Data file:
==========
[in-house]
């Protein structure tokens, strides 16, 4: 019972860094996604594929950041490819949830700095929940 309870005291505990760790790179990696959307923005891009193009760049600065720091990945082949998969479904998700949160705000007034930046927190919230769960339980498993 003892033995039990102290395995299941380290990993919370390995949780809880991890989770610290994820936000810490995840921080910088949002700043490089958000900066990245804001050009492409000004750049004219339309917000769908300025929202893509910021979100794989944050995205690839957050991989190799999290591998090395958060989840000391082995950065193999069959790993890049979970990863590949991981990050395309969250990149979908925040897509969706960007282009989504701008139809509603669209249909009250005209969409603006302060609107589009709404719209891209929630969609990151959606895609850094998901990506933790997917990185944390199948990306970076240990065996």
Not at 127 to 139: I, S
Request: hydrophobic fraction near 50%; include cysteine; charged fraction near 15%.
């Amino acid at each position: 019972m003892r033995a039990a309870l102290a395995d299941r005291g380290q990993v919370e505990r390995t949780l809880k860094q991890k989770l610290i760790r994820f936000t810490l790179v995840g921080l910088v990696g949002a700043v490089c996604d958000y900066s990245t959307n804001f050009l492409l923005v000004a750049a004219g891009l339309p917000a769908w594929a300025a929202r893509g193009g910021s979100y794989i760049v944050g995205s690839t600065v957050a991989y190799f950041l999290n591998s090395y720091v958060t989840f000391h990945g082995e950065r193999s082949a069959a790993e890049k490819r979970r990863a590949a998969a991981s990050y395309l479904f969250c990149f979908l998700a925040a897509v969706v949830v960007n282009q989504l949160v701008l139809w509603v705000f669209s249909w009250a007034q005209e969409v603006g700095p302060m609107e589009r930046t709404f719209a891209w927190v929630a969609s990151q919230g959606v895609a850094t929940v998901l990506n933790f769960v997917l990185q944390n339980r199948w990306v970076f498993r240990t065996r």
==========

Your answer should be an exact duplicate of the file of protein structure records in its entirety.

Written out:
[in-house]
């Protein structure tokens, strides 16, 4: 019972860094996604594929950041490819949830700095929940 309870005291505990760790790179990696959307923005891009193009760049600065720091990945082949998969479904998700949160705000007034930046927190919230769960339980498993 003892033995039990102290395995299941380290990993919370390995949780809880991890989770610290994820936000810490995840921080910088949002700043490089958000900066990245804001050009492409000004750049004219339309917000769908300025929202893509910021979100794989944050995205690839957050991989190799999290591998090395958060989840000391082995950065193999069959790993890049979970990863590949991981990050395309969250990149979908925040897509969706960007282009989504701008139809509603669209249909009250005209969409603006302060609107589009709404719209891209929630969609990151959606895609850094998901990506933790997917990185944390199948990306970076240990065996």
Not at 127 to 139: I, S
Request: hydrophobic fraction near 50%; include cysteine; charged fraction near 15%.
């Amino acid at each position: 019972m003892r033995a039990a309870l102290a395995d299941r005291g380290q990993v919370e505990r390995t949780l809880k860094q991890k989770l610290i760790r994820f936000t810490l790179v995840g921080l910088v990696g949002a700043v490089c996604d958000y900066s990245t959307n804001f050009l492409l923005v000004a750049a004219g891009l339309p917000a769908w594929a300025a929202r893509g193009g910021s979100y794989i760049v944050g995205s690839t600065v957050a991989y190799f950041l999290n591998s090395y720091v958060t989840f000391h990945g082995e950065r193999s082949a069959a790993e890049k490819r979970r990863a590949a998969a991981s990050y395309l479904f969250c990149f979908l998700a925040a897509v969706v949830v960007n282009q989504l949160v701008l139809w509603v705000f669209s249909w009250a007034q005209e969409v603006g700095p302060m609107e589009r930046t709404f719209a891209w927190v929630a969609s990151q919230g959606v895609a850094t929940v998901l990506n933790f769960v997917l990185q944390n339980r199948w990306v970076f498993r240990t065996r």